Princeton University

School of Engineering & Applied Science

Coherent few-spin systems in diamond nanocrystals for quantum sensing

Dr. Helena Knowles, Cavendish Laboratory, University of Cambridge, United Kingdom
Bowen Hall Auditorium
Monday, October 23, 2017 - 12:30pm

Single isolated spins in solids can act as a unit of a quantum network or as an individual magnetic or electric field sensor. Such a unit can be expanded by using coherently interacting spin clusters, which provide a performance enhancement for quantum technologies.
I this talk, I will show how we investigate hybrid spin systems composed of the Nitrogen Vacancy centre (NV) in diamond coupled to dark spins, i.e. spins that are not directly optically accessible. Both electronic and nuclear dark spins offer distinct advantages: Nuclear spins provide a robust memory for quantum states and electronic spins allow for fast dipole-mediated interactions1,2.

The access to nuclear spins in diamond nanocrystals has so far remained elusive but, as we demonstrate, can provide important sensitivity enhancements for NV centre-based sensing, as NVs in nanodiamond typically have short coherence times (~μs) compared with their bulk counterparts (~ms)2. We also make use of a proximal nitrogen (N) impurity cluster to perform environment-assisted sensing: An entangled state of the NV and N spins is used to detect an external magnetic field and we observe a double-frequency component in the interferometer signal, corresponding to the contribution of at least two electronic spins, in contrast to the NV spin only.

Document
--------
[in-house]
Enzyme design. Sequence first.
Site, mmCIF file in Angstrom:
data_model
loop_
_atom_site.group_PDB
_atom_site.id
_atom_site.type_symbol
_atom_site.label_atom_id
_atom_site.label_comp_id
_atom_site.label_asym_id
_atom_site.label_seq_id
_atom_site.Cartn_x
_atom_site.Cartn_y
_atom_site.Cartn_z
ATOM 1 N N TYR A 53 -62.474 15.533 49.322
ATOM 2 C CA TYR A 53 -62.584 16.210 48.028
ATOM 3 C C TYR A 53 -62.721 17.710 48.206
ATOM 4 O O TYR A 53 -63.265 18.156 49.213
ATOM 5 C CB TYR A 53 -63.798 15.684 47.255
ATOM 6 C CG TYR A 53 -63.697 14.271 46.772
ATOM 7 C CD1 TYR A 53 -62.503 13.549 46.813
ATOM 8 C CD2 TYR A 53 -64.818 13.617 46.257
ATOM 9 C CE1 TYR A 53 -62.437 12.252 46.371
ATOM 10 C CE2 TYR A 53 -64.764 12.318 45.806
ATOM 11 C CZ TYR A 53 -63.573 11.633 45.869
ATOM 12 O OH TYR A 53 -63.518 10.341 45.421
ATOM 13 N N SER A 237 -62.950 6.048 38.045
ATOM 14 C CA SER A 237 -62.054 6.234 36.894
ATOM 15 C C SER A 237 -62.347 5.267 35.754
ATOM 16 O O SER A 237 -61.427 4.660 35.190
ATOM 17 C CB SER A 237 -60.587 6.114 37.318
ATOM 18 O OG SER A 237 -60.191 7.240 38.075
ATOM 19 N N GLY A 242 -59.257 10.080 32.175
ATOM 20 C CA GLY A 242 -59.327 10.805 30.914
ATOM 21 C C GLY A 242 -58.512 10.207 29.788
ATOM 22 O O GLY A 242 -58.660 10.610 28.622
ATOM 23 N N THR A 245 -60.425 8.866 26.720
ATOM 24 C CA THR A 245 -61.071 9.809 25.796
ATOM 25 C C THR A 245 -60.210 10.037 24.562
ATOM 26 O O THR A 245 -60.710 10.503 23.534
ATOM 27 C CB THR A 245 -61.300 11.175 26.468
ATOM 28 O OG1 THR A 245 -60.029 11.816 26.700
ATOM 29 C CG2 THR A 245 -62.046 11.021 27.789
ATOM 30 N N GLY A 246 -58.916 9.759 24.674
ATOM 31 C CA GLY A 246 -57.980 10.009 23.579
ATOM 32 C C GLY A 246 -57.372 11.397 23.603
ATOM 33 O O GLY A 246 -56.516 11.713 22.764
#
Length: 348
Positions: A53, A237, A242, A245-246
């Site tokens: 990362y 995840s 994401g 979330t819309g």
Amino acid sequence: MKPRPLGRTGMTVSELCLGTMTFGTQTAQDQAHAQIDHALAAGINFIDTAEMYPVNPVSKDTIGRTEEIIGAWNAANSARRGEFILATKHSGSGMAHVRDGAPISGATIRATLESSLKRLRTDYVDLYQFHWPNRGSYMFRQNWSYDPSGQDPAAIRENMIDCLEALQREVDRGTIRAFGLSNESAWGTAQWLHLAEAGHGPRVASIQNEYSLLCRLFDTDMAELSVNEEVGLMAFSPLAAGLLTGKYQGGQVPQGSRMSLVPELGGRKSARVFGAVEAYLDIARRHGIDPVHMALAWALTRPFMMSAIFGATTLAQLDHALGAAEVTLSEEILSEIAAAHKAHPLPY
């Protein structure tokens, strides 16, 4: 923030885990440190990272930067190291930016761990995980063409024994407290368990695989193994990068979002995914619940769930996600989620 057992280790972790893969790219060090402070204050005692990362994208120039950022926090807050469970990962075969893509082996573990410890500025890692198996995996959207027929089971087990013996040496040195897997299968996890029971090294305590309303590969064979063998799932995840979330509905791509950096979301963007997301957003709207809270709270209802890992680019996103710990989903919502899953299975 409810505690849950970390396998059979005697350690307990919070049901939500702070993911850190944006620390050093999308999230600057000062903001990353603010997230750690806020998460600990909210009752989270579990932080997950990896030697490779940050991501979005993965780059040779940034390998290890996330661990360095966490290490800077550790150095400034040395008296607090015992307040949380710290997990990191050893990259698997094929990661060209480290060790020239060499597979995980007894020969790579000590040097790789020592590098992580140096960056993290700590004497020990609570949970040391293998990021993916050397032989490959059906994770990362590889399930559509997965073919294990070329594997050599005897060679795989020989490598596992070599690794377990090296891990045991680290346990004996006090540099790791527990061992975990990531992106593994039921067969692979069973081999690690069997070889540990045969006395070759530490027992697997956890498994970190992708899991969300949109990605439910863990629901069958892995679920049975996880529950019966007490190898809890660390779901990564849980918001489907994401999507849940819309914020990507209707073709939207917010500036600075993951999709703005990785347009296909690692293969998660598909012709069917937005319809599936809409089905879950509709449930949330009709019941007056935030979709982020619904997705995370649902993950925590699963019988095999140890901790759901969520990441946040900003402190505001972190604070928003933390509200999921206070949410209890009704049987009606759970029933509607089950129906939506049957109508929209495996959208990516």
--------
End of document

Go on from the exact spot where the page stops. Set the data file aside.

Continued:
[1] Knowles et al. PRL 117 100802 (2016), [2] Knowles et al. PRB 96 115206 (2017)